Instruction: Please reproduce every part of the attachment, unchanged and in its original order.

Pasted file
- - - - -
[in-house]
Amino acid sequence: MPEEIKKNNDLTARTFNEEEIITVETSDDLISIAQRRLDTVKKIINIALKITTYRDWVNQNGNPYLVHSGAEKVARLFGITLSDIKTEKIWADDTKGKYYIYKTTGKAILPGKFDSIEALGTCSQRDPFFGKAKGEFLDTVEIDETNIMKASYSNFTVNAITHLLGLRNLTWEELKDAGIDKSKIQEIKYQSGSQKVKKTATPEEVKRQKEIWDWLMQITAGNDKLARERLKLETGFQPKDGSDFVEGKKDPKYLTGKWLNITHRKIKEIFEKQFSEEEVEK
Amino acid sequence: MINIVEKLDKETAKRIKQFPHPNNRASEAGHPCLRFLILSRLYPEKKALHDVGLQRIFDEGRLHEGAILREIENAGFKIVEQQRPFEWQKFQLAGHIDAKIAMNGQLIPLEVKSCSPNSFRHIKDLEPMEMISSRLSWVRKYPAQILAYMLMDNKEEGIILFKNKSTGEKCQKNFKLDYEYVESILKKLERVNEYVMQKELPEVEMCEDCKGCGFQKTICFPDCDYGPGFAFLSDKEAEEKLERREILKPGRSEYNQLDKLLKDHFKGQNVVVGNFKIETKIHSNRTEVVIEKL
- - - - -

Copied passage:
[in-house]
Amino acid sequence: MPEEIKKNNDLTARTFNEEEIITVETSDDLISIAQRRLDTVKKIINIALKITTYRDWVNQNGNPYLVHSGAEKVARLFGITLSDIKTEKIWADDTKGKYYIYKTTGKAILPGKFDSIEALGTCSQRDPFFGKAKGEFLDTVEIDETNIMKASYSNFTVNAITHLLGLRNLTWEELKDAGIDKSKIQEIKYQSGSQKVKKTATPEEVKRQKEIWDWLMQITAGNDKLARERLKLETGFQPKDGSDFVEGKKDPKYLTGKWLNITHRKIKEIFEKQFSEEEVEK
Amino acid sequence: MINIVEKLDKETAKRIKQFPHPNNRASEAGHPCLRFLILSRLYPEKKALHDVGLQRIFDEGRLHEGAILREIENAGFKIVEQQRPFEWQKFQLAGHIDAKIAMNGQLIPLEVKSCSPNSFRHIKDLEPMEMISSRLSWVRKYPAQILAYMLMDNKEEGIILFKNKSTGEKCQKNFKLDYEYVESILKKLERVNEYVMQKELPEVEMCEDCKGCGFQKTICFPDCDYGPGFAFLSDKEAEEKLERREILKPGRSEYNQLDKLLKDHFKGQNVVVGNFKIETKIHSNRTEVVIEKL